In Ephesians 4:31-32, Paul wrote, “Get rid of all bitterness, rage and anger, brawling and slander, along with every form of malice. Be kind to one another, tenderhearted, forgiving one another, as God in Christ forgave you.” Jesus said in Luke 6:29, “If someone slaps you on one cheek, turn to them the other also. If someone takes your coat, do not withhold your shirt from them.”
Christians do not live in a world where we pray to a fake sky-god, like the secular humanists who screamed at the sky when Trump took office believe. Christians live in a world where God the Father is superintendent of all time, events, and the hearts of leaders. We do not know where the next great evangelist is being raised up. D.L. Moody sold shoes before the Lord touched his heard and lit it aflame to evangelize. Ravi Zacharias received his purpose and commission, as a teenager, during a hospital stay after a suicide attempt.
We know that the enemy of our souls is active here in the world, and especially in the church. The enemy is sowing division, hate, bitterness, unforgiveness, malice, and stubbornness. The unity of the Church depends on faith, love, patience, and the other fruit of the Spirit. Without forgiveness, there can be none of the fruit, and none of the joy.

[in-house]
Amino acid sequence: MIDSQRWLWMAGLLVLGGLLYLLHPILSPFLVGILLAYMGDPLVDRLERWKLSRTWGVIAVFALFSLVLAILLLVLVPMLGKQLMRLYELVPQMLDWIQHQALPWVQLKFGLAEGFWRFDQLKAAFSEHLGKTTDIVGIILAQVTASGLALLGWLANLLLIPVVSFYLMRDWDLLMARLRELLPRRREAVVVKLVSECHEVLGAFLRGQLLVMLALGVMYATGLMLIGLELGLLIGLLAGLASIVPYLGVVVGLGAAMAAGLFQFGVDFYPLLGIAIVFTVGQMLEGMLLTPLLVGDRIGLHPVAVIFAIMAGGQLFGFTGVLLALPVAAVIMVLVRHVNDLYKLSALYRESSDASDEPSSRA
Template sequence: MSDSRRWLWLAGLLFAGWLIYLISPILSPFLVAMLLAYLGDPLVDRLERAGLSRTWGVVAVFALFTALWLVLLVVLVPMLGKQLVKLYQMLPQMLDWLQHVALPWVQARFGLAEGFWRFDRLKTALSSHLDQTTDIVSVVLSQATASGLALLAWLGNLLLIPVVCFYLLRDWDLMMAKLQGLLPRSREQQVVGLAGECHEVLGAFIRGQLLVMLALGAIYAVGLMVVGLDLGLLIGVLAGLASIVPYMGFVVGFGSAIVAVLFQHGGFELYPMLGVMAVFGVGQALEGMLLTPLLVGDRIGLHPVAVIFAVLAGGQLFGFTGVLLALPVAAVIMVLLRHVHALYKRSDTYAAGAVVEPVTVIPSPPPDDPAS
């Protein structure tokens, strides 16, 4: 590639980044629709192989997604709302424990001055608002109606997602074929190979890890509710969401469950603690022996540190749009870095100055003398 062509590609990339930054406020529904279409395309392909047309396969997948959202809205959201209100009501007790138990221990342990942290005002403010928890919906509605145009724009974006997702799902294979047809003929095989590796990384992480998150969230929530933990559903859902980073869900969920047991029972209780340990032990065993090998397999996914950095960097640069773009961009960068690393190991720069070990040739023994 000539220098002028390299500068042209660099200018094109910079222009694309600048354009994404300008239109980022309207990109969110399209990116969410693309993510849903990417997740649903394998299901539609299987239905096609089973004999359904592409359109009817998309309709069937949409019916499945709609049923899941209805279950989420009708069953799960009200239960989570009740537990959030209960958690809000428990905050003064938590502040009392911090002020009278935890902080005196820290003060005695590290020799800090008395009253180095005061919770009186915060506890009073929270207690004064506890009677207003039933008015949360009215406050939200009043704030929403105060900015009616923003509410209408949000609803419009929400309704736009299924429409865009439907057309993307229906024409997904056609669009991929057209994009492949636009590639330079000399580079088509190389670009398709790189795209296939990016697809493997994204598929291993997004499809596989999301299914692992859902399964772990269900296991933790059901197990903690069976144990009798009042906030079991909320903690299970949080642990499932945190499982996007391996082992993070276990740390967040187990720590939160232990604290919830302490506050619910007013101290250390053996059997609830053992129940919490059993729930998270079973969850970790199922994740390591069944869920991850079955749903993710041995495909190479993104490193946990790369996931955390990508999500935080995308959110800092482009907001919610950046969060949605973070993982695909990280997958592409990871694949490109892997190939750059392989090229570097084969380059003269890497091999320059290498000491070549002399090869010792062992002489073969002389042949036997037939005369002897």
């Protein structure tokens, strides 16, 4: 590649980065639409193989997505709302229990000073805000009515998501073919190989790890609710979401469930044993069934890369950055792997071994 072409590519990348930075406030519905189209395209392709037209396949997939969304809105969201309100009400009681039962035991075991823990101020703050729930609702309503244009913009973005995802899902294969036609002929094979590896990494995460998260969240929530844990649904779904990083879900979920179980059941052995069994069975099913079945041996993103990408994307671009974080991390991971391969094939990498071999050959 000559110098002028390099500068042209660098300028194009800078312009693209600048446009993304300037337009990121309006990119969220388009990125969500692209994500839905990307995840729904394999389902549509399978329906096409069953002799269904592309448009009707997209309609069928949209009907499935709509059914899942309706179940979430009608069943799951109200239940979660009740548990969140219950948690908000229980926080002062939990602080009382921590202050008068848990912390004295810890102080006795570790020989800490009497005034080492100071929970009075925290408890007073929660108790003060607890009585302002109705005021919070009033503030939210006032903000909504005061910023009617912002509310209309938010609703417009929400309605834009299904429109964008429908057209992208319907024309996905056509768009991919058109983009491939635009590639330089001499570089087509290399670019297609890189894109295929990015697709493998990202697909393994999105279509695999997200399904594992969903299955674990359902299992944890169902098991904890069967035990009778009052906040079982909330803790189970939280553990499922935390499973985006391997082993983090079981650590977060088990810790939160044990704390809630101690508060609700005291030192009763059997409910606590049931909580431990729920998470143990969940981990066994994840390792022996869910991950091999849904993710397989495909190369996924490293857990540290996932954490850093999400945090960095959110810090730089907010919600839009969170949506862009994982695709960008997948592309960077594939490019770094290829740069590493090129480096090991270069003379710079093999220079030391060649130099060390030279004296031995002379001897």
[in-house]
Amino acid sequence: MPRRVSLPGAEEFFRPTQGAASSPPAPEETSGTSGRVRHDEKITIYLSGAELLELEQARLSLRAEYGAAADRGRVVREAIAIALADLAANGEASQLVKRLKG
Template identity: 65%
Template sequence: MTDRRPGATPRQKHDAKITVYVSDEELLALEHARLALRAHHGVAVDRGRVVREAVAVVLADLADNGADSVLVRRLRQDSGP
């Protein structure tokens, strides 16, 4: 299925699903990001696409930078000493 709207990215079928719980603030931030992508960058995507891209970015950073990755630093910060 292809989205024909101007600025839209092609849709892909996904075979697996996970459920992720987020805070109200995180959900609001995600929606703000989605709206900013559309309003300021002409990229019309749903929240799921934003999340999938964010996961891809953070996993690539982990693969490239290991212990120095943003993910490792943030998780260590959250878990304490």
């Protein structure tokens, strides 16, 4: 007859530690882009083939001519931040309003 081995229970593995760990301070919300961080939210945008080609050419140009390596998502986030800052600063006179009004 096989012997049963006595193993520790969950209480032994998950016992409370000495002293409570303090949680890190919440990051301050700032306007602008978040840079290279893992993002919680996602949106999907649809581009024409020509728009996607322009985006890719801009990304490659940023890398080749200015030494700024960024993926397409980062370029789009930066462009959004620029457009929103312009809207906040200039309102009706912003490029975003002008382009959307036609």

Ravi Zacharias, rest his soul, delivered a speech on “God and and Academy” at Georgia Tech a number of years ago which was adapted into a text titled “Lessons from War in a Battle of Ideas.” In it, he recounted Mahatma Ganhdi’s opinion on the church. “I like their Christ, and I don’t like their Christian.” Ravi’s point to the faculty and academy in his audience is “We must move forward.”
To move forward, we must not waste time fighting rear-action battles. The Democratic Party is filled with many atheists and secular humanists. The president-elect is a practicing Catholic. What an opportunity to pray for his heart. Scandalous as it is, we must pray for Joe Biden and believe that God has “the heart of the king” in His loving hands.
As Christians, we mustn’t give in to the enemy’s call to disunity. We must forgive each other, and forgive those who sin against us, and those who oppose us, for the enemy is happiest when we become the Christians Ganhdi didn’t like. And the enemy is very active in the Church–in your church and mine.
We have suffered enough division over politics. We have had enough splits, scandals, and fighting over politics, personalities and priorities. There is one overriding priority the Lord has placed upon us, and it is evangelizing for the Kingdom of God. Nothing else is useful to our Great Commission on the earth while we await Christ’s return.
We must embrace the scandal of the cross, and reject the scandal of politics. We must commit the scandal of praying for our political opponents. As Christians, this is our only choice, and it is the only way to “win” the battle before us.
God bless Joe Biden, and all the voters who elected him. And God bless you also.
Follow Steve on Twitter @stevengberman.